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DOWN THE HOLE

Readers will have a “hole” lot of fun with this entertaining book.

Never try to outsmart a wily rabbit.

Fox learns this lesson when he tries sweet-talking Rabbit into emerging from his burrow. Sitting beside the hole that leads to the burrow, Fox is all dulcet tones as he asks Rabbit to come out so he can ask him a question. Rabbit, wise to Fox’s trickery, says he can hear Fox just fine right where he is. A funny conversation ensues as Fox urges and Rabbit resists. When Fox gives Rabbit his word not to devour him, Rabbit promises to poke his ear closer to the hole but asks Fox to step back a few paces. Fox complies, not realizing that Rabbit has thus sneakily positioned him to stand over the entrance to a den belonging to someone else. Rabbit then tells Fox to vigorously jump up and down atop the hole to scare bugs away. Again, Fox agrees—to his eventual detriment. Children will appreciate that Fox gets his deserved comeuppance and will giggle over this spirited tale filled with comical banter that proves a smart, brave, levelheaded individual can outwit a bully. The dynamic, witty illustrations depict wonderfully expressive characters and droll underground details; kids will have fun poring over all the amusing activities happening in the bunnies’ habitat. (This book was reviewed digitally.)

Readers will have a “hole” lot of fun with this entertaining book. (Picture book. 4-8)

Pub Date: Oct. 31, 2023

ISBN: 9780358683346

Page Count: 40

Publisher: Clarion/HarperCollins

Review Posted Online: July 26, 2023

Kirkus Reviews Issue: Aug. 15, 2023

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PETE THE CAT'S 12 GROOVY DAYS OF CHRISTMAS

Pete’s fans might find it groovy; anyone else has plenty of other “12 Days of Christmas” variants to choose among

Pete, the cat who couldn’t care less, celebrates Christmas with his inimitable lassitude.

If it weren’t part of the title and repeated on every other page, readers unfamiliar with Pete’s shtick might have a hard time arriving at “groovy” to describe his Christmas celebration, as the expressionless cat displays not a hint of groove in Dean’s now-trademark illustrations. Nor does Pete have a great sense of scansion: “On the first day of Christmas, / Pete gave to me… / A road trip to the sea. / GROOVY!” The cat is shown at the wheel of a yellow microbus strung with garland and lights and with a star-topped tree tied to its roof. On the second day of Christmas Pete gives “me” (here depicted as a gray squirrel who gets on the bus) “2 fuzzy gloves, and a road trip to the sea. / GROOVY!” On the third day, he gives “me” (now a white cat who joins Pete and the squirrel) “3 yummy cupcakes,” etc. The “me” mentioned in the lyrics changes from day to day and gift to gift, with “4 far-out surfboards” (a frog), “5 onion rings” (crocodile), and “6 skateboards rolling” (a yellow bird that shares its skateboards with the white cat, the squirrel, the frog, and the crocodile while Pete drives on). Gifts and animals pile on until the microbus finally arrives at the seaside and readers are told yet again that it’s all “GROOVY!”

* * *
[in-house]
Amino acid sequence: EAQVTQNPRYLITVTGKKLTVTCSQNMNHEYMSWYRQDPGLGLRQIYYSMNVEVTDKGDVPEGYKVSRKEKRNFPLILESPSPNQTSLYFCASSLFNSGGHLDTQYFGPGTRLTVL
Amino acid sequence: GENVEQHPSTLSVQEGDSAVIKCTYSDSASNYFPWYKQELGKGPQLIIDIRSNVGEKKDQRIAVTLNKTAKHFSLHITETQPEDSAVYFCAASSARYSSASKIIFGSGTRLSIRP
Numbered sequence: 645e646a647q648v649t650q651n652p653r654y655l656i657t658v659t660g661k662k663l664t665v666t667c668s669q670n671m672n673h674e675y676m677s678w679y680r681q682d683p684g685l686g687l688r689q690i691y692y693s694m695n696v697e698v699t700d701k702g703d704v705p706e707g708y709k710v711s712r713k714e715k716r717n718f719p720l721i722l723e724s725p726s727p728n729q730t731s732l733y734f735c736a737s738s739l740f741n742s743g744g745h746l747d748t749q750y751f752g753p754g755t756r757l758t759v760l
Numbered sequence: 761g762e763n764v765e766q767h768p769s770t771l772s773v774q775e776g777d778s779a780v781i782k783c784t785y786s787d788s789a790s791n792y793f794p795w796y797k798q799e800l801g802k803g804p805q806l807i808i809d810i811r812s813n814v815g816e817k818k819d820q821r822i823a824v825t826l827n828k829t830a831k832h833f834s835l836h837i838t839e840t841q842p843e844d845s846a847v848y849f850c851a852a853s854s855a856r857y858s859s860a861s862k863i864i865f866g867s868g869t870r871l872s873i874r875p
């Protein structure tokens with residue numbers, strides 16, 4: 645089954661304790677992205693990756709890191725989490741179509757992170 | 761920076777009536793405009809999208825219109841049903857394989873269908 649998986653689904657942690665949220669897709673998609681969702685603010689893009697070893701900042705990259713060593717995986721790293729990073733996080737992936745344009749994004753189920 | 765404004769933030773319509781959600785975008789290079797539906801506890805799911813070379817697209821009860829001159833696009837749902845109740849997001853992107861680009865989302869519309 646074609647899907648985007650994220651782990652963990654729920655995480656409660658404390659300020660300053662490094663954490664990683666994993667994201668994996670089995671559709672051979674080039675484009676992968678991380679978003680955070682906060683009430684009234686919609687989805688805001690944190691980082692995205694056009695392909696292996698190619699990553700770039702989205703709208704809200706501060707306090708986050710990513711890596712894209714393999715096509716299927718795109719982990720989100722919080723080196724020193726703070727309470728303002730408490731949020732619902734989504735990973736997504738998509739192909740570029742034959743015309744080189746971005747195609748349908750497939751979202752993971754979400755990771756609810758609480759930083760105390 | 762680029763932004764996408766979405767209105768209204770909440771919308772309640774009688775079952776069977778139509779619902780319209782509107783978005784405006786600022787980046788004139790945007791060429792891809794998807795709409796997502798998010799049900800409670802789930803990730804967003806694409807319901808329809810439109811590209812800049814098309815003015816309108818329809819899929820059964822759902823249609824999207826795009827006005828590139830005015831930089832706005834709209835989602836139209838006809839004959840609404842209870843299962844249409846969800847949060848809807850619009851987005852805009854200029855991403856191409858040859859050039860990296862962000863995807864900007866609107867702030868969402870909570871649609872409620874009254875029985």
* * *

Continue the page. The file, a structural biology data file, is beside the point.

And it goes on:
Pete’s fans might find it groovy; anyone else has plenty of other “12 Days of Christmas” variants to choose among . (Picture book. 4-8)

Pub Date: Sept. 18, 2018

ISBN: 978-0-06-267527-9

Page Count: 48

Publisher: Harper/HarperCollins

Review Posted Online: Aug. 19, 2018

Kirkus Reviews Issue: Sept. 1, 2018

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THE WONKY DONKEY

Hee haw.

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The print version of a knee-slapping cumulative ditty.

In the song, Smith meets a donkey on the road. It is three-legged, and so a “wonky donkey” that, on further examination, has but one eye and so is a “winky wonky donkey” with a taste for country music and therefore a “honky-tonky winky wonky donkey,” and so on to a final characterization as a “spunky hanky-panky cranky stinky-dinky lanky honky-tonky winky wonky donkey.” A free musical recording (of this version, anyway—the author’s website hints at an adults-only version of the song) is available from the publisher and elsewhere online. Even though the book has no included soundtrack, the sly, high-spirited, eye patch–sporting donkey that grins, winks, farts, and clumps its way through the song on a prosthetic metal hoof in Cowley’s informal watercolors supplies comical visual flourishes for the silly wordplay. Look for ready guffaws from young audiences, whether read or sung, though those attuned to disability stereotypes may find themselves wincing instead or as well.

Hee haw. (Picture book. 5-7)

Pub Date: May 1, 2010

ISBN: 978-0-545-26124-1

Page Count: 26

Publisher: Scholastic

Review Posted Online: Dec. 28, 2018

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